One such piece involved a man sat on a chair drinking beer and shouting at people. When I asked him if he was the artist, he shouted at me. Another was a woman also sat on a chair, wearing a blindfold and holding a sign imploring people to whisper a secret into her ear, which were later written down on sheets of paper that were scattered before her. When we arrived, nobody seemed to want to actually whisper any secrets in her ear – maybe they were worried she would lash out at them. Clearly some people had participated in the performance, because a small selection of ‘secrets’ lay before her, including: ‘The only people who want Brexit are stupid’, ‘I hate secrets’, ‘That man over there looks weird’, and ‘I am a serial killer.’ This pretty much confirmed my view that the majority of people who visit art exhibitions are an unhealthy mixture of bigoted, unoriginal, paranoid, and entertain murderous fantasies.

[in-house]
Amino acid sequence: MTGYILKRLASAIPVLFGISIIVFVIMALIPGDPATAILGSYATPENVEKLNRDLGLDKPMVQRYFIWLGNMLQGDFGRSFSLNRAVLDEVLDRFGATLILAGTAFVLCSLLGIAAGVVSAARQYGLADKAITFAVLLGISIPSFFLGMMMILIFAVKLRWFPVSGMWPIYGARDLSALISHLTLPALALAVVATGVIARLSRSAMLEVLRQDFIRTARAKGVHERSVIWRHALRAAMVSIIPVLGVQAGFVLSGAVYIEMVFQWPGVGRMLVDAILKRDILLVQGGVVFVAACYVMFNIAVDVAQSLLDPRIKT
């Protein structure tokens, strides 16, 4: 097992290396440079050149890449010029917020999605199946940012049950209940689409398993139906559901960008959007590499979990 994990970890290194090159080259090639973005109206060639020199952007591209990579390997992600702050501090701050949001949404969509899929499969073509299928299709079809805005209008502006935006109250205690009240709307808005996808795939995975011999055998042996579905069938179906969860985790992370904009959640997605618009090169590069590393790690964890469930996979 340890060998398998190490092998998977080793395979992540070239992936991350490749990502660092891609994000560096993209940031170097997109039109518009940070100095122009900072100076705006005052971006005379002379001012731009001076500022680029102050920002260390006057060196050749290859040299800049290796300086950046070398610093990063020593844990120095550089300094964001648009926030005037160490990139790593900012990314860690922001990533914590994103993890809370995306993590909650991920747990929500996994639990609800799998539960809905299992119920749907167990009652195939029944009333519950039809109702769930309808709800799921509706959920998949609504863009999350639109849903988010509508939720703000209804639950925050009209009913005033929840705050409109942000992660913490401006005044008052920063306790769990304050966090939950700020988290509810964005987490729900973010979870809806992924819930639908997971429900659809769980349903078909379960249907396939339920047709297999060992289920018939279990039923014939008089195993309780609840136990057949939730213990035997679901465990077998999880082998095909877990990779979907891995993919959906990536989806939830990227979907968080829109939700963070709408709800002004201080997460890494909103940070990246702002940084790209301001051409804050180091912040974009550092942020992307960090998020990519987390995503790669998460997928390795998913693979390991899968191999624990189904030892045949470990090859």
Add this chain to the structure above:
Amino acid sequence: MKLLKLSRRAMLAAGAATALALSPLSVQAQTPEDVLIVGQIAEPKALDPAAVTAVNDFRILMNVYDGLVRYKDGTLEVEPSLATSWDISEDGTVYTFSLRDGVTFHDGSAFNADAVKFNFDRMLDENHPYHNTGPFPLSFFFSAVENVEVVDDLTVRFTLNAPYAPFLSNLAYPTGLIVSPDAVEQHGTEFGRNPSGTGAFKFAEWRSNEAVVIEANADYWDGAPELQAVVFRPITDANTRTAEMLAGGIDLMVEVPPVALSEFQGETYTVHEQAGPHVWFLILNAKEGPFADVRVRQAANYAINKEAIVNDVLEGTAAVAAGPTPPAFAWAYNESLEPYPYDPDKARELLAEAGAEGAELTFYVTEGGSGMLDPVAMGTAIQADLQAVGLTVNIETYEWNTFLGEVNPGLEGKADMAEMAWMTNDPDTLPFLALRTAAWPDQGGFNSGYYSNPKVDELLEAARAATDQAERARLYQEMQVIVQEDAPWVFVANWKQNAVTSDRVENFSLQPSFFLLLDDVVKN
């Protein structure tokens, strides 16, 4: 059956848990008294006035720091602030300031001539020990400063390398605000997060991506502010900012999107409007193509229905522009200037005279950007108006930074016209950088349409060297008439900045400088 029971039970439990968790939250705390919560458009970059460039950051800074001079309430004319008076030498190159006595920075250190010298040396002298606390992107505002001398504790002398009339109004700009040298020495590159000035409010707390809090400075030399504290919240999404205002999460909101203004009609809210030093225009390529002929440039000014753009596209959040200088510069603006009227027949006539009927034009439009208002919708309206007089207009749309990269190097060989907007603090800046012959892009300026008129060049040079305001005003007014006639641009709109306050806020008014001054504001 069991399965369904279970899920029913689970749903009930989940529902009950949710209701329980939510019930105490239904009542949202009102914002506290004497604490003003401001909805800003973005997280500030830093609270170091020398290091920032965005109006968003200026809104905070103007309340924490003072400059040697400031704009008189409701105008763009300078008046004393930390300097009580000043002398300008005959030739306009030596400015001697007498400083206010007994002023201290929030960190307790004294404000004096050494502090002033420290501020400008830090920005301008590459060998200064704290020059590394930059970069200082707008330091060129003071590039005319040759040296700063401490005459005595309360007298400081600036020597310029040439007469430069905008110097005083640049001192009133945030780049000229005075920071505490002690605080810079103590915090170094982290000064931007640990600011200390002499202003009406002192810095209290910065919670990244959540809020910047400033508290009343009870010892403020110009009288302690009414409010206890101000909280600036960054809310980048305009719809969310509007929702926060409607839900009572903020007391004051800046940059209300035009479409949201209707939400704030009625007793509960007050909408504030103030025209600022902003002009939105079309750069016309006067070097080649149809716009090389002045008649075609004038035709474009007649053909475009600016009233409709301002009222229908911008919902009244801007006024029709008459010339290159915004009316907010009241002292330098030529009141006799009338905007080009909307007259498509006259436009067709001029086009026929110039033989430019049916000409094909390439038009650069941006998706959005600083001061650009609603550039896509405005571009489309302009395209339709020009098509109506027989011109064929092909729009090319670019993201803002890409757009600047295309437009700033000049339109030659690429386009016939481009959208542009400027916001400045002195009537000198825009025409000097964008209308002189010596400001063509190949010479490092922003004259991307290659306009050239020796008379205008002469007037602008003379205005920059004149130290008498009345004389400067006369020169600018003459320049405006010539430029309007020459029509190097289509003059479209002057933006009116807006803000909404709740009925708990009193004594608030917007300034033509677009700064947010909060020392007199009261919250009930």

Once we got over the multiple aesthetically and conceptually unattractive set of pieces that made reference to Trump or the Freethenipple campaign, we were able to appreciate that some of the art was quite interesting, such as a texturally intriguing piece by Stacie McCormick, or a sculptural assemblage by Gina Southgate that explored questions of ownership – appropriate to an exhibition that implicitly entertains a vaguely anti-capitalist sentiment. Protocol deserves to be praised for making unique use of space. In a bid to be democratic, the artists names are unpronounced, and there is little demarcation of any boundaries between the pieces, enabling you to pretty much walk into a piece of work. This structure encourages you to get involved, but generally people seemed unwilling to make use of the opportunity to collaborate, and mainly stuck to the outskirts.